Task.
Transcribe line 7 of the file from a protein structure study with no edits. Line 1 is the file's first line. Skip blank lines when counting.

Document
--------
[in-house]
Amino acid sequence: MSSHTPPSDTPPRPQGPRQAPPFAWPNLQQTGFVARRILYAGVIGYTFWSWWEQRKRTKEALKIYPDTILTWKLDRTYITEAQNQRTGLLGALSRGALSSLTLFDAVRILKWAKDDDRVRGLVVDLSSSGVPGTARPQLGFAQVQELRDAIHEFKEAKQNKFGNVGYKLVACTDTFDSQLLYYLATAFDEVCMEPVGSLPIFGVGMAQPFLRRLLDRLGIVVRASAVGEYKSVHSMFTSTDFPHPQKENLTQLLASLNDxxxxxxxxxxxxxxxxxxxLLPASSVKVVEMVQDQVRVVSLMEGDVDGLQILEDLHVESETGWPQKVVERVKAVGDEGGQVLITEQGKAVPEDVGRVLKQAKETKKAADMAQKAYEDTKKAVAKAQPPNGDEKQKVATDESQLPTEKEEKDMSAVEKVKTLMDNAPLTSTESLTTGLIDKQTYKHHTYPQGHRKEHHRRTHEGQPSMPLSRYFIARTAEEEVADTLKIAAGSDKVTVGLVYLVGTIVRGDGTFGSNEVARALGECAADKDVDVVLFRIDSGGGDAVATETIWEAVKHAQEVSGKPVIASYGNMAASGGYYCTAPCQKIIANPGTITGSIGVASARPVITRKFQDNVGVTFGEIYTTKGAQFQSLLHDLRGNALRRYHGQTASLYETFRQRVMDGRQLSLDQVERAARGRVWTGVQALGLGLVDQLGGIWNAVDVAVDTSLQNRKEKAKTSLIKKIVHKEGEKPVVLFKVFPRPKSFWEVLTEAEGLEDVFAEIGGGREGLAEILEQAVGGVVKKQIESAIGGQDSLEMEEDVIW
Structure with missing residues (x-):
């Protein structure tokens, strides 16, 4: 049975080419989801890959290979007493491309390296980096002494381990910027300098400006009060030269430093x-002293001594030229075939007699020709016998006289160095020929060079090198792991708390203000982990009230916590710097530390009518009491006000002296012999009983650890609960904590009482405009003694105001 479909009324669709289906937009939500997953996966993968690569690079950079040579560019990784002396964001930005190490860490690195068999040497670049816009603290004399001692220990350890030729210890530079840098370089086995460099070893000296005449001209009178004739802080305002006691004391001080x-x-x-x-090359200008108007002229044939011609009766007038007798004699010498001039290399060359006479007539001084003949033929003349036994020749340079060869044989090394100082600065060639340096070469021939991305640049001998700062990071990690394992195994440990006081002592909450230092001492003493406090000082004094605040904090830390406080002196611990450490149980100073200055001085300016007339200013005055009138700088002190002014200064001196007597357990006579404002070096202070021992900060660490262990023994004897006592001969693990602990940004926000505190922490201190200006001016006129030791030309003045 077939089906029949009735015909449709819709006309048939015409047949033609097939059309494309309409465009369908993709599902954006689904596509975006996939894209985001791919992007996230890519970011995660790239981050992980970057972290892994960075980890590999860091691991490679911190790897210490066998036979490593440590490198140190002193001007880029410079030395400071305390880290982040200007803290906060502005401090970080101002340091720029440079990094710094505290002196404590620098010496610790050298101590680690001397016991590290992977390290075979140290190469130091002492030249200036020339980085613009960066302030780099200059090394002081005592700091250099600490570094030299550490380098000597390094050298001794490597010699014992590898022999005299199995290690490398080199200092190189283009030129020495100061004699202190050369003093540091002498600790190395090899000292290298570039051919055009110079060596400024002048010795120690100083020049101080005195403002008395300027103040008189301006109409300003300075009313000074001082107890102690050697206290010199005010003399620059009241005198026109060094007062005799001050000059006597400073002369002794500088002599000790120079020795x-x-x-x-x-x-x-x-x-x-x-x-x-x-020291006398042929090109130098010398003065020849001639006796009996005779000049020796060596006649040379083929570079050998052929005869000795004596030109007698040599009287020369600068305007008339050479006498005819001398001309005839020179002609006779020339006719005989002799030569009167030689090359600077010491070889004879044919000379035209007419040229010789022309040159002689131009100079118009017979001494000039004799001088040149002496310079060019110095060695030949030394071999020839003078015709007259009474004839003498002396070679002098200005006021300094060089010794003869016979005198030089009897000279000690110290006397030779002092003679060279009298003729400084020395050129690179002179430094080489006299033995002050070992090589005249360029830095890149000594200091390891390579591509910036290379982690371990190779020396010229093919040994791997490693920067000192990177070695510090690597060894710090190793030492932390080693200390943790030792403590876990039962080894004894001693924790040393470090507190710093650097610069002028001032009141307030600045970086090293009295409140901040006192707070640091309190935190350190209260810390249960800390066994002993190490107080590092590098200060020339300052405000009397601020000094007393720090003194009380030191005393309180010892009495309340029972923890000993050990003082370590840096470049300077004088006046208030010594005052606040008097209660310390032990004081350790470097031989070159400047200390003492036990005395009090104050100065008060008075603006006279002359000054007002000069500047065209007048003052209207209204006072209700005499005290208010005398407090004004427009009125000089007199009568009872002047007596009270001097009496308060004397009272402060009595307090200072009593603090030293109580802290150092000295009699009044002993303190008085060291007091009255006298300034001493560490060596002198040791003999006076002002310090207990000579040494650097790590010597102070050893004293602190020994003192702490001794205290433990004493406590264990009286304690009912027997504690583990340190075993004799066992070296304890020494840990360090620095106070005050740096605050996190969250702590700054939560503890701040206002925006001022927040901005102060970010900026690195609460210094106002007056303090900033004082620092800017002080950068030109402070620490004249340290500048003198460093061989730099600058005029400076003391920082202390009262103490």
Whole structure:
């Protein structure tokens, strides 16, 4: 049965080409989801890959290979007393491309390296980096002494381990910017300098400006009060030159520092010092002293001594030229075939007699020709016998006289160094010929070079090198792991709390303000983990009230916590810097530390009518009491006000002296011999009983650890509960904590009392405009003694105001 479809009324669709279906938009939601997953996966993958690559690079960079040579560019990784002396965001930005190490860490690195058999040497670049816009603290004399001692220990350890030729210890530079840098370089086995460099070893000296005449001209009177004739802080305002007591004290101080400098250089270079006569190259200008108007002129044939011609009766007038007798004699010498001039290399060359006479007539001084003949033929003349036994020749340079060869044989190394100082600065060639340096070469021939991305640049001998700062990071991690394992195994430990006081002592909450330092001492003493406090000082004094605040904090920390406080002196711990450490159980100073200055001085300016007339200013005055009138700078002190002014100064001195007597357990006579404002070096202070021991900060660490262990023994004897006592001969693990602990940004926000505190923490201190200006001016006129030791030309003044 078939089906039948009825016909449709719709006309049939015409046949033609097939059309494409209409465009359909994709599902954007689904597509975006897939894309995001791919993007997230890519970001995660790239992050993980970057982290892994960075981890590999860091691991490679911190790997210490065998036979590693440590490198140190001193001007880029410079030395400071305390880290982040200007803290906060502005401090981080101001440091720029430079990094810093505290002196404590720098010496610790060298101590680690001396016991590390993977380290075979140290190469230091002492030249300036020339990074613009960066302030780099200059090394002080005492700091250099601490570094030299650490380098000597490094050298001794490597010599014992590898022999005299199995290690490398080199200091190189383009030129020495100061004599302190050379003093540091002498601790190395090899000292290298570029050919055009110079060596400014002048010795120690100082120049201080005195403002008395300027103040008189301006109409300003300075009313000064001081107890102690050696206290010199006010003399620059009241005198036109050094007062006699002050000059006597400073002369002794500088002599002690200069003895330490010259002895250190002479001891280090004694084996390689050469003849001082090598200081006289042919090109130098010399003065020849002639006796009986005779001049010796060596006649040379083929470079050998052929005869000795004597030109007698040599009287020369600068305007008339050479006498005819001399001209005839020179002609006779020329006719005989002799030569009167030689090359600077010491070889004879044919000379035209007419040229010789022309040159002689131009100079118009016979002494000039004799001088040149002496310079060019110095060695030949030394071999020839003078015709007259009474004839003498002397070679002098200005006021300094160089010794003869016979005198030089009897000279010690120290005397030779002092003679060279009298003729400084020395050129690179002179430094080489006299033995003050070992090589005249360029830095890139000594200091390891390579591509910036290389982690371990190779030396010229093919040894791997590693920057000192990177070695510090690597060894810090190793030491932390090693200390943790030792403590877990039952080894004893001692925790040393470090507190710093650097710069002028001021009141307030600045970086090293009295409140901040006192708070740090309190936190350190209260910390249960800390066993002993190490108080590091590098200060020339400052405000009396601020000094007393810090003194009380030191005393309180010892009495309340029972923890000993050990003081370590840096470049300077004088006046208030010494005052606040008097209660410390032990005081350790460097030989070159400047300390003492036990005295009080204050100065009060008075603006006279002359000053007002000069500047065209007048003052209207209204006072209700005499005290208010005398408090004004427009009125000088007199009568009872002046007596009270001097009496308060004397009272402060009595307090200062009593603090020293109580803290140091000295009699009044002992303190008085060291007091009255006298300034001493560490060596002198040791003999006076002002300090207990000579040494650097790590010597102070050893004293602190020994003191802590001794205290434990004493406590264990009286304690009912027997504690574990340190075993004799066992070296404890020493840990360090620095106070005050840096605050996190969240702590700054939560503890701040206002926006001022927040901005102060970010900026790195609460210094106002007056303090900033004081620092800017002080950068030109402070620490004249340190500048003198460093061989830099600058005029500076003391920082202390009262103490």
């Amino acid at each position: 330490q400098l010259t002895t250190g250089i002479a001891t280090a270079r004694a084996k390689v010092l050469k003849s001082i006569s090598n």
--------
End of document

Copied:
């Amino acid at each position: 330490q400098l010259t002895t250190g250089i002479a001891t280090a270079r004694a084996k390689v010092l050469k003849s001082i006569s090598n």